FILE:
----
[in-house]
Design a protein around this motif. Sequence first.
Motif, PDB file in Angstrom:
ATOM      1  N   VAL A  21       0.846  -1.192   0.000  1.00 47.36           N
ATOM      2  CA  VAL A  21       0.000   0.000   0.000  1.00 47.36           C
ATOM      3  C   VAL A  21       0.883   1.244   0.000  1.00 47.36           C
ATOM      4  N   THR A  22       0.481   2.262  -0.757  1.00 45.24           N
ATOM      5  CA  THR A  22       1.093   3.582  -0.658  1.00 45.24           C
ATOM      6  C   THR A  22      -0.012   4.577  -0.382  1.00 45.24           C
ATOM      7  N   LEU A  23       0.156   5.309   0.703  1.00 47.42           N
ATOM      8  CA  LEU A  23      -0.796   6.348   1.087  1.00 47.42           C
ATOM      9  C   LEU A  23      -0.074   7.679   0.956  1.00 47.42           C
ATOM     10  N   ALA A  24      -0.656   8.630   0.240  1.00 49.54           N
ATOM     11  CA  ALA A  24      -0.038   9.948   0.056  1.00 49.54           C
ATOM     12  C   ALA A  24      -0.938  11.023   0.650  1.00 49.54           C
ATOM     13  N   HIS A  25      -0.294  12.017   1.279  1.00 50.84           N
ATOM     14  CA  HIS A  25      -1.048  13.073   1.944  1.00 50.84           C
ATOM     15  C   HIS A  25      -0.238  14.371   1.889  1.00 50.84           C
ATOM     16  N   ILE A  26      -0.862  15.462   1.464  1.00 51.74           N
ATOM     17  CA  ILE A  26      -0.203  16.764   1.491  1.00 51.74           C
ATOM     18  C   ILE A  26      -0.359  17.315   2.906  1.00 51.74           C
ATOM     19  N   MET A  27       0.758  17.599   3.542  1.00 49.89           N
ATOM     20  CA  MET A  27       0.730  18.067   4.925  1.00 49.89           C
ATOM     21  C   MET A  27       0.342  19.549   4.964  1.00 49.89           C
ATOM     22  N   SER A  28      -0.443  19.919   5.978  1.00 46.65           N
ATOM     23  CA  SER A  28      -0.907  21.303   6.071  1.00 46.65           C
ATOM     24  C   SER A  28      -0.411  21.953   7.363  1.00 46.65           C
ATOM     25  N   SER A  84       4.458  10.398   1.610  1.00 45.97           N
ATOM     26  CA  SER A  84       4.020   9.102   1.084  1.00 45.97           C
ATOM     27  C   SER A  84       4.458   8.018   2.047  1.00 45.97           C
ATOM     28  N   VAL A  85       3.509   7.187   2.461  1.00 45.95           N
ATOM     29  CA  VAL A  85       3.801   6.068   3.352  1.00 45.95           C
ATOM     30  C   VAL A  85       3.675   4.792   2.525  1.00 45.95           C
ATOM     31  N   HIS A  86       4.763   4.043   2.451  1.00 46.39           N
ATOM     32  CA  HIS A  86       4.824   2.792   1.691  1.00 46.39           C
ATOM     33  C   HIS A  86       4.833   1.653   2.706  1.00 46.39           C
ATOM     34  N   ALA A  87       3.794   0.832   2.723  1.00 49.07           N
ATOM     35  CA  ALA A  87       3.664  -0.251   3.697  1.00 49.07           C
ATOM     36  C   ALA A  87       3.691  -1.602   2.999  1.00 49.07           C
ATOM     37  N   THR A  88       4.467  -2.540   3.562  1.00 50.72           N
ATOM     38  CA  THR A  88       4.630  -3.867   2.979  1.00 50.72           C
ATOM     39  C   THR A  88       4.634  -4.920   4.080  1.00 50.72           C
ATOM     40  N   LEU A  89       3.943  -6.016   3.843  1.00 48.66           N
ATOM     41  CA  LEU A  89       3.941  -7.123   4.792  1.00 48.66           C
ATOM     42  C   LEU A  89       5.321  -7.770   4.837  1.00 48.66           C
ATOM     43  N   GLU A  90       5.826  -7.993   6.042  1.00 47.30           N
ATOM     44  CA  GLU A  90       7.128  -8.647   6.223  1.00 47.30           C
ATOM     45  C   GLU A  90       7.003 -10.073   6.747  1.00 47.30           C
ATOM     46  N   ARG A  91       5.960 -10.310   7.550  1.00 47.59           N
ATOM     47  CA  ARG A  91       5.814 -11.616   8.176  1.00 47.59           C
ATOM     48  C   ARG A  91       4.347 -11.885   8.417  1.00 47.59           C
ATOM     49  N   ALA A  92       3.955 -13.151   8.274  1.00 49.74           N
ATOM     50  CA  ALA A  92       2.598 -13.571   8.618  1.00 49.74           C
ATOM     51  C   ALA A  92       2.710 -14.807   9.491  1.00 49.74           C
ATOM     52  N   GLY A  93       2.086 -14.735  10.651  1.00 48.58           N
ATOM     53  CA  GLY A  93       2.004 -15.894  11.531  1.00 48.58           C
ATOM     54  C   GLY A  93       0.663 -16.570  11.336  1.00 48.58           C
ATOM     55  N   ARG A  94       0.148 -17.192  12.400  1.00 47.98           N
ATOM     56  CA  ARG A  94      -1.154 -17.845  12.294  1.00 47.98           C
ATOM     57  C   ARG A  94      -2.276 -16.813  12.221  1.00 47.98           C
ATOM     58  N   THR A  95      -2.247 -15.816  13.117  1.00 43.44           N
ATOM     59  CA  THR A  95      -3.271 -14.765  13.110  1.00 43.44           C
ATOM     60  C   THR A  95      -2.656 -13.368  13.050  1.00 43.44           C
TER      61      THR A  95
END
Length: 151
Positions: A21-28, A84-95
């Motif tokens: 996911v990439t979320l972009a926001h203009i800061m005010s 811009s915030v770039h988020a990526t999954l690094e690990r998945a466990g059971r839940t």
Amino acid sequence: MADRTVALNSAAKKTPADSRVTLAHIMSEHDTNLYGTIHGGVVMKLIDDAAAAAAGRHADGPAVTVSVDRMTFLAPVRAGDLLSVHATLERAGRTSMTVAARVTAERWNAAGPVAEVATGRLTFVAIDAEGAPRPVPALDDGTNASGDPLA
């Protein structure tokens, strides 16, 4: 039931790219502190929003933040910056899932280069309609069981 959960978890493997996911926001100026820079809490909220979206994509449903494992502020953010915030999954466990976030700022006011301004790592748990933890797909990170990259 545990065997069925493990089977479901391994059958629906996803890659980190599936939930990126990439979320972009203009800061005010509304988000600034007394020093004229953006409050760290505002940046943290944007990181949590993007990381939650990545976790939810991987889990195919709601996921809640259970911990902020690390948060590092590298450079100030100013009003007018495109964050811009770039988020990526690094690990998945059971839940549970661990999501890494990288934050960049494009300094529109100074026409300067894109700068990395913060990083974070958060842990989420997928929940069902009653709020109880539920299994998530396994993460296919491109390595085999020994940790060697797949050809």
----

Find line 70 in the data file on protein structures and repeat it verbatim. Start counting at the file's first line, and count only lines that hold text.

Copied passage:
């Protein structure tokens, strides 16, 4: 039931790219502190929003933040910056899932280069309609069981 959960978890493997996911926001100026820079809490909220979206994509449903494992502020953010915030999954466990976030700022006011301004790592748990933890797909990170990259 545990065997069925493990089977479901391994059958629906996803890659980190599936939930990126990439979320972009203009800061005010509304988000600034007394020093004229953006409050760290505002940046943290944007990181949590993007990381939650990545976790939810991987889990195919709601996921809640259970911990902020690390948060590092590298450079100030100013009003007018495109964050811009770039988020990526690094690990998945059971839940549970661990999501890494990288934050960049494009300094529109100074026409300067894109700068990395913060990083974070958060842990989420997928929940069902009653709020109880539920299994998530396994993460296919491109390595085999020994940790060697797949050809």